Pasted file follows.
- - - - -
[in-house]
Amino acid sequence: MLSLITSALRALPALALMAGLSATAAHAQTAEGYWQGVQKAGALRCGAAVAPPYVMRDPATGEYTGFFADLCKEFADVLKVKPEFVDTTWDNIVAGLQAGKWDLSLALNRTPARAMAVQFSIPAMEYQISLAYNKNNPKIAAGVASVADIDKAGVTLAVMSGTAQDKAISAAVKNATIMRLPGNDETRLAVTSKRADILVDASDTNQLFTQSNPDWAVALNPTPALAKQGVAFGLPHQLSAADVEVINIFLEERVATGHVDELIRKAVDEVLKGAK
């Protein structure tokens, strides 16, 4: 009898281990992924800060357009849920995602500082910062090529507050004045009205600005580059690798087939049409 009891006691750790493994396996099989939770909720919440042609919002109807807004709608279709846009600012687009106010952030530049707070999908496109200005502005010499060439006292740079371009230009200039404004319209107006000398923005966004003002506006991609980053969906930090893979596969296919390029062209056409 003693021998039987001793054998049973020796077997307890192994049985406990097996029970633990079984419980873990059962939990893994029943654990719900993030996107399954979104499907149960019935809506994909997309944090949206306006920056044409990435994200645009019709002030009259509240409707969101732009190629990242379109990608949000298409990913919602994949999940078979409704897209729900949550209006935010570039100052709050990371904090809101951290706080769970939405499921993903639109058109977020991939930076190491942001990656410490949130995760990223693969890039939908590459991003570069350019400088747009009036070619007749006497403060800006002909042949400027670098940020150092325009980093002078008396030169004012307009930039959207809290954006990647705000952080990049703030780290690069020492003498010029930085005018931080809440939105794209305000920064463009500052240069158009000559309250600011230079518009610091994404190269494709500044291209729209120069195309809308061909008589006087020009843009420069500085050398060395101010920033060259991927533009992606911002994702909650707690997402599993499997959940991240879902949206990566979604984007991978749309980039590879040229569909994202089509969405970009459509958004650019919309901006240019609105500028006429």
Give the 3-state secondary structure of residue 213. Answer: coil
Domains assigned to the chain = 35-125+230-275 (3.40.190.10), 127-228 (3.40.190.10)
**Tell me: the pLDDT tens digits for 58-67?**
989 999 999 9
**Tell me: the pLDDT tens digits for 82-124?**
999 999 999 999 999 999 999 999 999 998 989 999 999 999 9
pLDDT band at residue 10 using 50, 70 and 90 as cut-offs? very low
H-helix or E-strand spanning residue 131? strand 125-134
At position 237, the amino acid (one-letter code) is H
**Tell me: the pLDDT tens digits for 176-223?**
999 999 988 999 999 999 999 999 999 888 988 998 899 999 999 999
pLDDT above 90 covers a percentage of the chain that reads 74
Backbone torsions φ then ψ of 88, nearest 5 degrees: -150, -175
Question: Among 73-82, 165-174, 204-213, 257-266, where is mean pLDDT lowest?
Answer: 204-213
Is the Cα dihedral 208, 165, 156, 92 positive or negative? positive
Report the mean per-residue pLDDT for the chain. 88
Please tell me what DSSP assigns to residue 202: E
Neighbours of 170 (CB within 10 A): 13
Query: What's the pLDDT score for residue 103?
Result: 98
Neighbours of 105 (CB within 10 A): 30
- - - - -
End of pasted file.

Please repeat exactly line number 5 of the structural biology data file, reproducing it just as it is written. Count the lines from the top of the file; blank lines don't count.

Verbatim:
Domains assigned to the chain = 35-125+230-275 (3.40.190.10), 127-228 (3.40.190.10)